Ami Maayani, founder and director of the National Youth Orchestra of Israel, studied architecture and city planning as well as philosophy alongside music. While his compositions were inspired by Near Eastern elements (melisma, Biblical cantillation, traditional prayers, aspects of Arab tonal music), Maayani sought to combine them with symphonic music originating in France, drawing particular inspiration from Claude Debussy.

The Third Generation

Most of the composers of the third generation are sabras whose musical approach is both individualistic and international. Like their predecessors, they left to study in the United States, but this time the goal was a doctorate in musicology. They were therefore exposed for a longer period of time to contemporary music outside Israel. However, while this generation was characterized by its cosmopolitan outlook, it reintegrated musical languages linked to its origins. The syncopated and Eastern rhythms of the hora [4], that became the trademark of the 1930s, were abandoned over three decades by composers who sought to “cut the umbilical cord.” In the early 1960s they returned in the form of a “flavor associated with universal Jewish roots.”


Ami Maayani claimed that “what gives the special flavor to Israeli music today is this unique synthesis between East and West, this attempt to achieve what seems virtually impossible.” Yinam Leef, a composer born in Jerusalem in 1953, commented that he belongs to two traditions, one ancient, the other recent (classical Western music and the Israeli music of the last decades), both pulling in opposite directions. Leef’s music translates a constantly renewed attempt to reconcile the two forces.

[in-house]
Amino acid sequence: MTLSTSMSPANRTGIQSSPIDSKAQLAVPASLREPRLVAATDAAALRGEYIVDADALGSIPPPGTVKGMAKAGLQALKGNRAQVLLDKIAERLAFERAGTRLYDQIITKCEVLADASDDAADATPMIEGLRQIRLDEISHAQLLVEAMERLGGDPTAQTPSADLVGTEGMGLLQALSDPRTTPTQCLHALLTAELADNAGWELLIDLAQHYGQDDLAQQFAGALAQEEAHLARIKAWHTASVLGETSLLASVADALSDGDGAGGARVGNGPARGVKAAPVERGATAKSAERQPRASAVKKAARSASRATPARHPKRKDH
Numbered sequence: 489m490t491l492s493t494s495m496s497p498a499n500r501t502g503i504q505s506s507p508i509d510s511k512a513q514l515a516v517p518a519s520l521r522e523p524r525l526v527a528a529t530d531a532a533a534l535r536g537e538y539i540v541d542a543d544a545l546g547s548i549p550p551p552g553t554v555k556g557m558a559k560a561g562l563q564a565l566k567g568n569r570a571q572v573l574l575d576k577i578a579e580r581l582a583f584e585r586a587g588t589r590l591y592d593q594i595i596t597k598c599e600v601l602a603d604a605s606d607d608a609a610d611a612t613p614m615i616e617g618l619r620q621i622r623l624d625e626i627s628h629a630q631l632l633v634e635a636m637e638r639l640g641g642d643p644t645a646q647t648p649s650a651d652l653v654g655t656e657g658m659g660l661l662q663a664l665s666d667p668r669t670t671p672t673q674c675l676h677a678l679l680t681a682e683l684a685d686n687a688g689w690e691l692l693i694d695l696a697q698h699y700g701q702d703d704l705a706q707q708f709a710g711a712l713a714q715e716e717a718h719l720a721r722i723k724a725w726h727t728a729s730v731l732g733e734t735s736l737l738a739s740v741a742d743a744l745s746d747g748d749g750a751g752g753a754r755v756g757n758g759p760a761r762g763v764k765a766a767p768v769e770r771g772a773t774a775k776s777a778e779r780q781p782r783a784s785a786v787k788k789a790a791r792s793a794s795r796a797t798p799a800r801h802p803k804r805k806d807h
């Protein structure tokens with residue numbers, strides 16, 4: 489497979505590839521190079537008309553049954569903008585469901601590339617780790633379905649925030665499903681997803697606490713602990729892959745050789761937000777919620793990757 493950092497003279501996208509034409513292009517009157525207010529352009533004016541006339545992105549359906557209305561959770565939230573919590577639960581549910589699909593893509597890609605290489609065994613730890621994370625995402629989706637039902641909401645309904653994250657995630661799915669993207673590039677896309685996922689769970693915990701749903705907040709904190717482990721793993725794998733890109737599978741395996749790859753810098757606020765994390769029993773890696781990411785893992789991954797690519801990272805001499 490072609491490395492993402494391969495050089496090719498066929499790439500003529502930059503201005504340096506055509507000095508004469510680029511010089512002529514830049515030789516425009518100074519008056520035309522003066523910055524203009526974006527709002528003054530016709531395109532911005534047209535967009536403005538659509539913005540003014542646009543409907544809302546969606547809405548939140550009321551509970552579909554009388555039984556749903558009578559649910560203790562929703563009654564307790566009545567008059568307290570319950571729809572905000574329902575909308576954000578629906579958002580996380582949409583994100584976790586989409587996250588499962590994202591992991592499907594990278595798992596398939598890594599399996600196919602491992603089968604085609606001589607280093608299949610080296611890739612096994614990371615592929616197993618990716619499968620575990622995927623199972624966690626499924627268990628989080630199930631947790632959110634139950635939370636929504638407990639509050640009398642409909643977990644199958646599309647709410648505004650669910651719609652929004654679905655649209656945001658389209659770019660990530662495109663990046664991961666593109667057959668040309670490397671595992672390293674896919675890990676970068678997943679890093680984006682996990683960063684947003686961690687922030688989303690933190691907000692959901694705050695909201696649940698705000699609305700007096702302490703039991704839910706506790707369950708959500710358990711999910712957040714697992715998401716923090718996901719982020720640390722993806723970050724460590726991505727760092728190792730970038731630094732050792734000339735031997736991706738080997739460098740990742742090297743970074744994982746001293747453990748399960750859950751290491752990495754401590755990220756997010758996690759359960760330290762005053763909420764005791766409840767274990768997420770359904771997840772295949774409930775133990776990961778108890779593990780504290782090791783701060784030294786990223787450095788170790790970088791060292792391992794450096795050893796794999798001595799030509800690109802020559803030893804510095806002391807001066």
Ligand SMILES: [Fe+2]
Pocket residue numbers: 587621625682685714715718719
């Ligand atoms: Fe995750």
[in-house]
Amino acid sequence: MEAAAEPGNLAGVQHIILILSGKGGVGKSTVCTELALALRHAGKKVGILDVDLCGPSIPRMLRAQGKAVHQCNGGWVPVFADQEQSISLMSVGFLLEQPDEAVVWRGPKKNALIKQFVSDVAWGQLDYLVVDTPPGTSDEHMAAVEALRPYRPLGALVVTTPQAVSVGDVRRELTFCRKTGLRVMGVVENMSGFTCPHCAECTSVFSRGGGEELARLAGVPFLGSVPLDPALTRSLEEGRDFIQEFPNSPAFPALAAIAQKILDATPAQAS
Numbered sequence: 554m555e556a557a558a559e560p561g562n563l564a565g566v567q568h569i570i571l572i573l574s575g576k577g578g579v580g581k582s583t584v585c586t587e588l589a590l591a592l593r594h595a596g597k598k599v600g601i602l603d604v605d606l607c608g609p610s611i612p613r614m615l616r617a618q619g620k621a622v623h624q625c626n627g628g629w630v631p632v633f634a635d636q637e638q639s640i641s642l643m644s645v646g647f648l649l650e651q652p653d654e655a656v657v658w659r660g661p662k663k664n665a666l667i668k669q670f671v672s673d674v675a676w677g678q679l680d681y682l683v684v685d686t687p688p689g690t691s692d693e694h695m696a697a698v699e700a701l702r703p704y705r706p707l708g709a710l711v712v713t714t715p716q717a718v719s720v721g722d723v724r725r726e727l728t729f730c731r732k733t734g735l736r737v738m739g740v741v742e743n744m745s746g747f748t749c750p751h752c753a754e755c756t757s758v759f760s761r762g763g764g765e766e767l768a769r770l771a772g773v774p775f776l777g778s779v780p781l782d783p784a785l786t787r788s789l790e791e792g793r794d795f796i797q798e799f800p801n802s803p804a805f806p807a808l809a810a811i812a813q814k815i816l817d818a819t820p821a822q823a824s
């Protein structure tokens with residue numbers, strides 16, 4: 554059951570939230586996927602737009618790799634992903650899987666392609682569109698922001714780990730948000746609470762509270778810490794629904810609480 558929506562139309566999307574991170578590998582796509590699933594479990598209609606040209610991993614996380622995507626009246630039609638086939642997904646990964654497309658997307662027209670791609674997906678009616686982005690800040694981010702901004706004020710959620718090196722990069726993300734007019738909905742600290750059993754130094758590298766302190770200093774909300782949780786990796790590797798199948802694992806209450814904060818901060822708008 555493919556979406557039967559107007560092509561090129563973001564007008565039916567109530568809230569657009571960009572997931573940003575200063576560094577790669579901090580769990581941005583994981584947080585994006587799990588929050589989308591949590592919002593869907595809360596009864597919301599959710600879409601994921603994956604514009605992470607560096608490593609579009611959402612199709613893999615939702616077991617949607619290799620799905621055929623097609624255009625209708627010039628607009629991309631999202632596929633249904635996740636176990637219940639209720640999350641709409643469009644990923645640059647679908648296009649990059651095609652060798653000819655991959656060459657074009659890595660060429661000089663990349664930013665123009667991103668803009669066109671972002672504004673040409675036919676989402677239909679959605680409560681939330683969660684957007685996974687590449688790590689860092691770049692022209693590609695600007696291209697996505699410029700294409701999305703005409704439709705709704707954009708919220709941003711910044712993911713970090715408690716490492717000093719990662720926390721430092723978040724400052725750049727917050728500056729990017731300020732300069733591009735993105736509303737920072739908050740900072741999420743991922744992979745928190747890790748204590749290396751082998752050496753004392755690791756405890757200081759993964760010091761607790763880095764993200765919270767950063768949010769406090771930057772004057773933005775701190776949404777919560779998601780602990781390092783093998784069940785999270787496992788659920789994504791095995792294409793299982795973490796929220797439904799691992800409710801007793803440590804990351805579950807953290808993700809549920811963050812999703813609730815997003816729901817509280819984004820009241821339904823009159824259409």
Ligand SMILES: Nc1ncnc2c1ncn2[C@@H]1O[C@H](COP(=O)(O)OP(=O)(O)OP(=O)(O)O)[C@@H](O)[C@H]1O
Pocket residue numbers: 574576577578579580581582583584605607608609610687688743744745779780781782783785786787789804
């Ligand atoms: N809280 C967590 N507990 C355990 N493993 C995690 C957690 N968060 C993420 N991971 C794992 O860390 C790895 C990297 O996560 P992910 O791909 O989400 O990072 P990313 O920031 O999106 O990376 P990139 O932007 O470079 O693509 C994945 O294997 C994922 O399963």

Nevertheless, the “Eastern Mediterranean” influence remains strong. Indeed, not satisfied with continuing to explore Eastern music, the third generation composers also included Eastern instruments in their works. The innumerable musical dialects today reflect an exponential proliferation of traditions, techniques, technologies and aesthetics that are as varied as the multiple languages and dialects spoken in Israel.

This generation includes Aharon Charlap, Arik Shapira, Daniel Galai, Tsippi Fleischer, Gabriel Irany, Stephen Orenstein, Noa Gai, Chaim Permont, Yinam Leef, Betty Olivero, Ari Ben Shabtai and Oded Zehavi.

Israeli Song
Early Days

Before it became Israeli, song was Hebrew. The origin of Hebrew song coincided with the renewal of Hebrew culture in Europe and the beginnings of Zionism in the second half of the nineteenth century. Even before the first aliya, there were poets in Russia who had never visited Israel but were writing songs in Hebrew that expressed a Zionist nostalgia. Melodies were borrowed from popular Slavic songs as well as from Yiddish folklore. In the 1910s, after the second aliya, Jewish schools in the towns and villages introduced the learning of songs composed largely by teachers themselves into the scholarly curriculum. This use of music moved from the nostalgic song on to the nationalistic song. At the same time, through the melodies of Eastern Europe, the emblematic shared element of song and dance of the Jewish pioneers, the hora, was introduced. In the 1930s, an entire generation of composers recognized and valorized Hebrew song. Yedidya Admon, Nachum Nardi, Mordechai Zeira, David Zehavi, Yehuda Sharet and Daniel Sambursky chose from among the greatest poetic texts exalting the land of Israel and the construction of the nation. In 1948, upon the creation of the state, there were about four thousand six hundred Hebrew songs in circulation.

Folk Song